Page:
‘It’s time we prioritized better language use around obesity.’
Christopher Snowdon, of the Institute for Economic Affairs think tank, said: ‘Morbid obesity is a clinical term, so it seems odd to tell clinicians and academics not to use it.
It is called morbid obesity because a BMI above 35 is associated with a greater risk of death, as opposed to being overweight and slightly obese.
Analysis by Cancer Research UK shows that 71 percent of people could be overweight or obese by 2040. Of these, nearly 36 percent of adults (21 million) are likely to be obese (blue dotted line). Chart shows: Projections for the proportion of healthy weight (grey), overweight (pink) and obese (blue) adults in the UK from 2010 to 2040
Chart shows: Projections for the proportion of men (purple) and women (pink) who will be obese in the UK from 2010 to 2040
Chart shows: Projections for the proportion of men (purple) and women (pink) who are overweight in the UK from 2010 to 2040
“It’s not clear why an organization called the Obesity Society, writing in a journal called Obesity, thinks people will be unnecessarily upset if they are described as morbidly obese, but are happy to be called obese.”
“Maybe we should just start calling people fat again?”
NHS advice pages on obesity do not mention the words ‘morbid’ or ‘morbid’, but instead have a BMI above 40 listed as ‘severely obese’.
However, the term is still used in certain parts of the health service site.
In the new paper, the team writes that the “conscious effort” to change the language has been “gradual at best.”
Britain and the US are currently grappling with an obesity crisis, with nearly two-thirds of adults considered overweight.
Experts have warned that unless the spiraling trend is reversed, obesity will overshadow smoking as the number one cause of cancer.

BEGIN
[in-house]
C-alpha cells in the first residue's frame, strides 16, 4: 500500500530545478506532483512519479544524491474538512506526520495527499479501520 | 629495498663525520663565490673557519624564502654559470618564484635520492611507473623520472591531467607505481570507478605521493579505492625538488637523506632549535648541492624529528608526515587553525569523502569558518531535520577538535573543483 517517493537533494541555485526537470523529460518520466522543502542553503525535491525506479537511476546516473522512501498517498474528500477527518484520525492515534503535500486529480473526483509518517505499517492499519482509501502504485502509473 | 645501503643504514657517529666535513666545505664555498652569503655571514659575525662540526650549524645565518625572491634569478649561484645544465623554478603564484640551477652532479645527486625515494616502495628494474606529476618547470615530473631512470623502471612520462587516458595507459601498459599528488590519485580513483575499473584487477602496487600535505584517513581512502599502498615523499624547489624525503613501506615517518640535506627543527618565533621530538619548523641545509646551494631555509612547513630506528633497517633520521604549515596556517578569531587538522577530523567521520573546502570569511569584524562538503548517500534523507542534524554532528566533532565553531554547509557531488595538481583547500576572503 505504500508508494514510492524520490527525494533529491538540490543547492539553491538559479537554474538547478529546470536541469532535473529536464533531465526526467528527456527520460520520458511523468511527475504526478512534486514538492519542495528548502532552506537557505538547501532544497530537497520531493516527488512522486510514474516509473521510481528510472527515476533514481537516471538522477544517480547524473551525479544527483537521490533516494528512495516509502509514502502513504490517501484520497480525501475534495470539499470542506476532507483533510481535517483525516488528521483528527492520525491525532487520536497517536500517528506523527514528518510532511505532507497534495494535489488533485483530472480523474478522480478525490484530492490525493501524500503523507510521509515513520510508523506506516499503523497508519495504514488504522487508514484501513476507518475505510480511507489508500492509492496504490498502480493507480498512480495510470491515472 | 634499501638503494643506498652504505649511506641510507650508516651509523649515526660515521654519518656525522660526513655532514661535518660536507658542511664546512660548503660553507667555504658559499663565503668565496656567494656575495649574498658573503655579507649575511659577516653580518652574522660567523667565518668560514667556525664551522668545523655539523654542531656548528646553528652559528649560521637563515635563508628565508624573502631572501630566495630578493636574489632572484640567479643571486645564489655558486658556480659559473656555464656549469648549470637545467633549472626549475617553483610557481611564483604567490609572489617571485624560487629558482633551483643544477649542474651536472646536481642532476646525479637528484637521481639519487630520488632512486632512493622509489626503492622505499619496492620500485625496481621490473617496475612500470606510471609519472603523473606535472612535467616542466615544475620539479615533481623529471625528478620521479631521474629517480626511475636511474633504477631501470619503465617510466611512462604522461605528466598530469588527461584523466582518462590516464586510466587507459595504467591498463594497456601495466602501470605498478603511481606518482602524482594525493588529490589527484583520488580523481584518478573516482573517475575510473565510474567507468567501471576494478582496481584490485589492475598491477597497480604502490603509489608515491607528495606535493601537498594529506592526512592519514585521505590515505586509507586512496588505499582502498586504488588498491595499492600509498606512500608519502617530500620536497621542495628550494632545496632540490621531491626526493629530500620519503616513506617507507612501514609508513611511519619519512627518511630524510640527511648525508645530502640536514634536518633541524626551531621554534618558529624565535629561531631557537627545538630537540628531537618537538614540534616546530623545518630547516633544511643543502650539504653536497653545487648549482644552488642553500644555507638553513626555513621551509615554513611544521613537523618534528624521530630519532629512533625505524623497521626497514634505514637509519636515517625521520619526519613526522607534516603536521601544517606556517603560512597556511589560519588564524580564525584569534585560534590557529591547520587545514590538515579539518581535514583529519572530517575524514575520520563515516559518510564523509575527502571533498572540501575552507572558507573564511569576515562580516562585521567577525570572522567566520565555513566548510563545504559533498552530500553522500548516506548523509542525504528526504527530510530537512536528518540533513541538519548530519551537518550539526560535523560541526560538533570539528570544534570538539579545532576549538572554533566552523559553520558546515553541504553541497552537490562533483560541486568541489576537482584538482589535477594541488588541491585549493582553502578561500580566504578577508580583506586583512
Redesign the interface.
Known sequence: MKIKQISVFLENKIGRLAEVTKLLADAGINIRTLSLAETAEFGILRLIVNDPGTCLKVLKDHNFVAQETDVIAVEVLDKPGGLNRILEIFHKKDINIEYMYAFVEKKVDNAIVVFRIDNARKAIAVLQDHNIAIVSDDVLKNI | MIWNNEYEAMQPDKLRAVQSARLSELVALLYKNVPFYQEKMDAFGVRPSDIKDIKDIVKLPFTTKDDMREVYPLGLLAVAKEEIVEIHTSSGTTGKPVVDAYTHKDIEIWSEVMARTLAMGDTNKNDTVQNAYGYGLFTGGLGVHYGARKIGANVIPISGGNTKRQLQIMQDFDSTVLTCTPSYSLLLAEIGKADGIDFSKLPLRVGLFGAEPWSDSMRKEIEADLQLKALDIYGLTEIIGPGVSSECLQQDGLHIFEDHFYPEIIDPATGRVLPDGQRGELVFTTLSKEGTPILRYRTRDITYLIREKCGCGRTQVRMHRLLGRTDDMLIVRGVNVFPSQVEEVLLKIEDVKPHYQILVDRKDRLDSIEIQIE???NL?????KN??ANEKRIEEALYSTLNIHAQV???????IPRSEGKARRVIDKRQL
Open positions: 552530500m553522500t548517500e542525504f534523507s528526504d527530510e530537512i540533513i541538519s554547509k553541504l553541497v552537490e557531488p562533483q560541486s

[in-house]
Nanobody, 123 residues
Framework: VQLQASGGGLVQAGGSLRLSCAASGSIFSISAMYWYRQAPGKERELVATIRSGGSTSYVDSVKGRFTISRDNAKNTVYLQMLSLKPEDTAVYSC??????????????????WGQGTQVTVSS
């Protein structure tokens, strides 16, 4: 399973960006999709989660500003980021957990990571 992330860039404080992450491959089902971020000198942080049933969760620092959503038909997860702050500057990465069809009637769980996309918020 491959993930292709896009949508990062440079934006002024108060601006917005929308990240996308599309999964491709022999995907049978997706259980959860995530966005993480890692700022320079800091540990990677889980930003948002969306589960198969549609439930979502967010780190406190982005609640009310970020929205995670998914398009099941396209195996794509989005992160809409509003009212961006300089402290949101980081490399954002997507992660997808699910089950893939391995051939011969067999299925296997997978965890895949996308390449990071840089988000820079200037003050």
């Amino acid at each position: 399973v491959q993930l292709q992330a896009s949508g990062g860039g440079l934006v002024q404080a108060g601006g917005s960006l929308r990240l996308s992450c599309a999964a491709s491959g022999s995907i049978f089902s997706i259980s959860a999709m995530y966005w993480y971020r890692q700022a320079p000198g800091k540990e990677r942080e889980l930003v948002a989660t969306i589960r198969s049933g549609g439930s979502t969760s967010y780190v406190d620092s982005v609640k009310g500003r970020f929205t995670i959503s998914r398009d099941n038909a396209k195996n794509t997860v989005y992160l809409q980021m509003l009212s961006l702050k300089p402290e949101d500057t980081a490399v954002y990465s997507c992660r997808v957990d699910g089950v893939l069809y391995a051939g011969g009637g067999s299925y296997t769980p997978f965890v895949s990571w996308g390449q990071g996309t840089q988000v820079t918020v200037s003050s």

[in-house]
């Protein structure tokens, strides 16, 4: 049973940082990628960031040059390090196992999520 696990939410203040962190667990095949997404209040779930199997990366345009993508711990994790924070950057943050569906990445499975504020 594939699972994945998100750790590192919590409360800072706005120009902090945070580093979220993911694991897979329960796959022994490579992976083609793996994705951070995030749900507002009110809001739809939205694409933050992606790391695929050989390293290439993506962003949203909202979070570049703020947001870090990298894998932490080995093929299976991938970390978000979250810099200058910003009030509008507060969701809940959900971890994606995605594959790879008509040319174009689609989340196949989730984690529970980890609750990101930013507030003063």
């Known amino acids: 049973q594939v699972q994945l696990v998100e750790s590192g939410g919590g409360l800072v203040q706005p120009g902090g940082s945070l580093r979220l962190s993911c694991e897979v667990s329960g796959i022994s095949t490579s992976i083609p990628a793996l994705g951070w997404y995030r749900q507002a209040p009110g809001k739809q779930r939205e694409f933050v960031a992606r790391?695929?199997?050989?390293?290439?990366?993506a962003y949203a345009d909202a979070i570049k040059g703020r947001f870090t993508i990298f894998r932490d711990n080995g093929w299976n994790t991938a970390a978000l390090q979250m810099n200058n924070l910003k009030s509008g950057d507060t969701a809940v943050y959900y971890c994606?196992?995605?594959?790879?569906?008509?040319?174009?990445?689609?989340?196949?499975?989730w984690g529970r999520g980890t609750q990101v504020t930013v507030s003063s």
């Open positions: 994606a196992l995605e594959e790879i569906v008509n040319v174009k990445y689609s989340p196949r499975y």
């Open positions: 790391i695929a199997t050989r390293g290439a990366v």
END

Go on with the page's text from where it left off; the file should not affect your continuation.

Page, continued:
With a view to fighting the epidemic, No10 introduced mandatory calorie labeling for restaurants, cafes and takeaways in England earlier this year with more than 250 employees.
At the same time, however, the government banned ‘buy one, get one free’ deals on unhealthy foods because of the cost of living crisis.
WHAT SHOULD A BALANCED DIET LOOK LIKE?
Meals should be based on potatoes, bread, rice, pasta or other starchy carbohydrates, ideally whole grains, according to the NHS
• Eat at least 5 servings of different fruits and vegetables every day. All fresh, frozen, dried and canned fruits and vegetables count
• Basic meals on potatoes, bread, rice, pasta or other starchy carbohydrates, preferably whole grain
• 30 grams of fiber per day: This is equivalent to eating all of the following: 5 servings of fruits and vegetables, 2 whole-grain cereal biscuits, 2 thick slices of whole-wheat bread, and large baked potato with skin
• Have some dairy or dairy alternatives (such as soy drinks) and opt for low-fat and low-sugar options
• Eat some beans, legumes, fish, eggs, meat and other proteins (including 2 servings of fish per week, one of which is fatty)
• Choose unsaturated oils and spreads and consume in small amounts
• Drink 6-8 cups/glasses of water a day
• Adults should have less than 6 g of salt and 20 g of saturated fat for women or 30 g for men per day
Source: NHS Eatwell Guide